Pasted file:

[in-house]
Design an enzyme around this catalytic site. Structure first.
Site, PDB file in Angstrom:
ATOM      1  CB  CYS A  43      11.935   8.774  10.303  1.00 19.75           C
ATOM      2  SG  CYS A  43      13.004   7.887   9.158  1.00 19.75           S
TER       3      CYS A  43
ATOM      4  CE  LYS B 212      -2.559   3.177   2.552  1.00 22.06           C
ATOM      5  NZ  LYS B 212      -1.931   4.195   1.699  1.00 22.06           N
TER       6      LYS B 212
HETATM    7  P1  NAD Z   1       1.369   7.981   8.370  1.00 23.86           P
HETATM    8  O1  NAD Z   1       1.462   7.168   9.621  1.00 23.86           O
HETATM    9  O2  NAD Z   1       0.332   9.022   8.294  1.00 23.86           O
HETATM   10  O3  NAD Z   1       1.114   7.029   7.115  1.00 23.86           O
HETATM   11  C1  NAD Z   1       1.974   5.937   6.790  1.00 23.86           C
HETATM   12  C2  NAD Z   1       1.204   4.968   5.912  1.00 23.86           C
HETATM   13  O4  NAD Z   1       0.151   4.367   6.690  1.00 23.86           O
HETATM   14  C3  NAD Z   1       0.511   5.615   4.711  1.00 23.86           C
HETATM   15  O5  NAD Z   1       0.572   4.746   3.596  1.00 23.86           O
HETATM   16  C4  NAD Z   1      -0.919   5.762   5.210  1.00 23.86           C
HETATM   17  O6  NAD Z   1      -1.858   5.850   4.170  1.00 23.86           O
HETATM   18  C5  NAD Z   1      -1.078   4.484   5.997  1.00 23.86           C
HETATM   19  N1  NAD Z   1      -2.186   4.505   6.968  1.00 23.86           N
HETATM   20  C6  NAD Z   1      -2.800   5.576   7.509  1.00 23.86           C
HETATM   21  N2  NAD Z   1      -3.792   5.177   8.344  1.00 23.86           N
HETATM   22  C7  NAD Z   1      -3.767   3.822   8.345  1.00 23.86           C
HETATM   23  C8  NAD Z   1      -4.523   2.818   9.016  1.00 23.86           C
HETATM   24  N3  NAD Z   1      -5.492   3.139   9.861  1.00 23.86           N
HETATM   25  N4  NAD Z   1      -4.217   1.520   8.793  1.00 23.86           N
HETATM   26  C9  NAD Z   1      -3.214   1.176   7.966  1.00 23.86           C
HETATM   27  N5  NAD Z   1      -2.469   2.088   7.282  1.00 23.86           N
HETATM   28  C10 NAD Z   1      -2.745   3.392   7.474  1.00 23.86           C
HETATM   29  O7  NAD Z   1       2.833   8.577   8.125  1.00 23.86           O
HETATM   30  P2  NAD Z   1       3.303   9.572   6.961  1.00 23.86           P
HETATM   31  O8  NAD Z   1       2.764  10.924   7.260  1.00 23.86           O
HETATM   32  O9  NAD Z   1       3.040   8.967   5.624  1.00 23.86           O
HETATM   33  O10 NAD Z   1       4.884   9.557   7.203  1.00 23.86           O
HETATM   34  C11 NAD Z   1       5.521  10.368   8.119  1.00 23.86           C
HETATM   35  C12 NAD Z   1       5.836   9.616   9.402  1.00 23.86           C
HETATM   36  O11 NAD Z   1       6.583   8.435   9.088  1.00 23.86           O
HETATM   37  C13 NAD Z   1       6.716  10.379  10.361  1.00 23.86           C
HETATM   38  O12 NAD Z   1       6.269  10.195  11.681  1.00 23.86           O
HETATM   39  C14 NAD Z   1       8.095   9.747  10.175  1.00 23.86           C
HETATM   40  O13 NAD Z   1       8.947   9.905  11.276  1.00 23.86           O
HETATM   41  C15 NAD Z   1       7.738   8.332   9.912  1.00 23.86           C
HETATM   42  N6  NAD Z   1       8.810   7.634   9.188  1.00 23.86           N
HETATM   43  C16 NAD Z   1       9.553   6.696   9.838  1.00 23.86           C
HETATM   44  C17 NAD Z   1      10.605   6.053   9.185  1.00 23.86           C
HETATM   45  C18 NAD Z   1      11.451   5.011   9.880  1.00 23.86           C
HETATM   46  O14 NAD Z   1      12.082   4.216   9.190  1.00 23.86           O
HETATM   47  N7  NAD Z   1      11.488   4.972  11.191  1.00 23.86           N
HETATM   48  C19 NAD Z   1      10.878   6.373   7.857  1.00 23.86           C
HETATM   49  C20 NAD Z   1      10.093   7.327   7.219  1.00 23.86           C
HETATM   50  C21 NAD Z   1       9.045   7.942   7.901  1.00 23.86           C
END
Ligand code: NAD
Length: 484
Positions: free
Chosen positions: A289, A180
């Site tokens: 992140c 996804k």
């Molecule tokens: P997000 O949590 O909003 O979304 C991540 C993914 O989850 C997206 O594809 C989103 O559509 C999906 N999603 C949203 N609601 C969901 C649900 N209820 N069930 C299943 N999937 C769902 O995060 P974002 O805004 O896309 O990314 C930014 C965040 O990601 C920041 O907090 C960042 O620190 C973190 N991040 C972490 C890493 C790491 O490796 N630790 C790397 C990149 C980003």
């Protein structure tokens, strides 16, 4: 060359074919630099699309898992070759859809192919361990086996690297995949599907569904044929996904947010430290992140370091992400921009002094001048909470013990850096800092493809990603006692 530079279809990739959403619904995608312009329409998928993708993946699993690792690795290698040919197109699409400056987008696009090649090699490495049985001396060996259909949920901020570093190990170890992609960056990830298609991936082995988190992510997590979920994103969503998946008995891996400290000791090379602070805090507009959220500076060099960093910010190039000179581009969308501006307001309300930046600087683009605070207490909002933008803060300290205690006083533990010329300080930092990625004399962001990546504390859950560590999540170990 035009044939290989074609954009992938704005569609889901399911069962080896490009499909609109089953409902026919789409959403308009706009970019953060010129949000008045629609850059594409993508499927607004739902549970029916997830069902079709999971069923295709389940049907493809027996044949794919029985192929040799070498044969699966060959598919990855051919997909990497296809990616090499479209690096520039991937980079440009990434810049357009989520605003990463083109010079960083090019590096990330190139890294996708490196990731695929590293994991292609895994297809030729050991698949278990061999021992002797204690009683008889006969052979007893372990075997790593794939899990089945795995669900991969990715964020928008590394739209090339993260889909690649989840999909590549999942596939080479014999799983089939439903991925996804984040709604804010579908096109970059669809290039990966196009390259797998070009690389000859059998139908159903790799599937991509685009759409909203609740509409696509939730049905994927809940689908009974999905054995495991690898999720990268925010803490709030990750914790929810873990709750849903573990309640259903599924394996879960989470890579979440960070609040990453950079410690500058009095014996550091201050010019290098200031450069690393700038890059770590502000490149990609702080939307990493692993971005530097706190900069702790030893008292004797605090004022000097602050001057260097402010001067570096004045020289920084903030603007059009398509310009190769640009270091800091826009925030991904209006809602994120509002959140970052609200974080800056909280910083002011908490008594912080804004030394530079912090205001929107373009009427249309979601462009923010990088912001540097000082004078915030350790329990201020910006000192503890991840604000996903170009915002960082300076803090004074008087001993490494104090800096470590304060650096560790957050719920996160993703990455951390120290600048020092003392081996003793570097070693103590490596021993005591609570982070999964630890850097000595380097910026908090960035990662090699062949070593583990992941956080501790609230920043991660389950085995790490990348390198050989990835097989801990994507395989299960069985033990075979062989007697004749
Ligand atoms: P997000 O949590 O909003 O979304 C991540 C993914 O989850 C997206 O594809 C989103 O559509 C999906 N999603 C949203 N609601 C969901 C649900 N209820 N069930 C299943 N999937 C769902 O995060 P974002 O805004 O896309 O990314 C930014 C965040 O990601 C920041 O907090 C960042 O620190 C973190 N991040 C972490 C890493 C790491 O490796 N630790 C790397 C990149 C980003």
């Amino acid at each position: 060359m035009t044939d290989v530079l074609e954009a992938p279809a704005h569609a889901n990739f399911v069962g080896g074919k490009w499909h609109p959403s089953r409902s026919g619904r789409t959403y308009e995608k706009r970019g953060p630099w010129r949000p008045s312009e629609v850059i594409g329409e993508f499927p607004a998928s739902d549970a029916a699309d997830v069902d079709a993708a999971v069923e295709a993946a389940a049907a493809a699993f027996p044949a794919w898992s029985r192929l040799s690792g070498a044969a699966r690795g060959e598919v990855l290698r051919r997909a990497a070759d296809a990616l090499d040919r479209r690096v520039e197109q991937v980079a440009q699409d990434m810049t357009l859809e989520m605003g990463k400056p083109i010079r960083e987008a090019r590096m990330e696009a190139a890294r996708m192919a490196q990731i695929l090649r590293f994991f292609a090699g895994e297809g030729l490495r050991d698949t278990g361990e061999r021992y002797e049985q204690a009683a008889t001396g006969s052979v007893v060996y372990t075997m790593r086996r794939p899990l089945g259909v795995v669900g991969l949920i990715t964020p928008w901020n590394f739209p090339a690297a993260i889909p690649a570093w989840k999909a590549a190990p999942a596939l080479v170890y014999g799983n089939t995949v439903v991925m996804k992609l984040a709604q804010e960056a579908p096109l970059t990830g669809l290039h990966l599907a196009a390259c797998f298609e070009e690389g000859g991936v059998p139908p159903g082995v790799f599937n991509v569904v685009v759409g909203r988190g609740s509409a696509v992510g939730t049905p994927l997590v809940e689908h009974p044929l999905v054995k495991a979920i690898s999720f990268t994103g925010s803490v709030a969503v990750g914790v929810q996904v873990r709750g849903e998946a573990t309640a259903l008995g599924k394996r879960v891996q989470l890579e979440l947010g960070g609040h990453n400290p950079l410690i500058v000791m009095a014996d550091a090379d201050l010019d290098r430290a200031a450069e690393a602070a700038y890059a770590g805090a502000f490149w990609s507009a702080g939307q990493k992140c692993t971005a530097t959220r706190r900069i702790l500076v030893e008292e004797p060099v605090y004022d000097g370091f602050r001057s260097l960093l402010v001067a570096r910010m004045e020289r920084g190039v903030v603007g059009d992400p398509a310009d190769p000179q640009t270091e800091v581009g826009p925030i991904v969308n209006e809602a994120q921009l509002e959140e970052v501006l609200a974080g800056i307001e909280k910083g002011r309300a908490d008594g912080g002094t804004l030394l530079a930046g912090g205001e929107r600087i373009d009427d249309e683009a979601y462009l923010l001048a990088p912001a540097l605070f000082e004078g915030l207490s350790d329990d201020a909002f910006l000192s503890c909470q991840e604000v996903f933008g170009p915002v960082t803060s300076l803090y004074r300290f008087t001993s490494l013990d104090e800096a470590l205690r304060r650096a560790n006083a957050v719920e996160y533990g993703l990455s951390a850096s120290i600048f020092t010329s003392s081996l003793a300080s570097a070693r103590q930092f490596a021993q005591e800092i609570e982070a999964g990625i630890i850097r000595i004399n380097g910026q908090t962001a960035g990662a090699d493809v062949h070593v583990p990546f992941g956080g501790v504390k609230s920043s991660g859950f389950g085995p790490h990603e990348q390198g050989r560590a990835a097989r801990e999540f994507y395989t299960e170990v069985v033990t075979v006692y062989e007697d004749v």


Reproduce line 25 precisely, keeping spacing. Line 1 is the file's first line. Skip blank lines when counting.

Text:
HETATM   22  C7  NAD Z   1      -3.767   3.822   8.345  1.00 23.86           C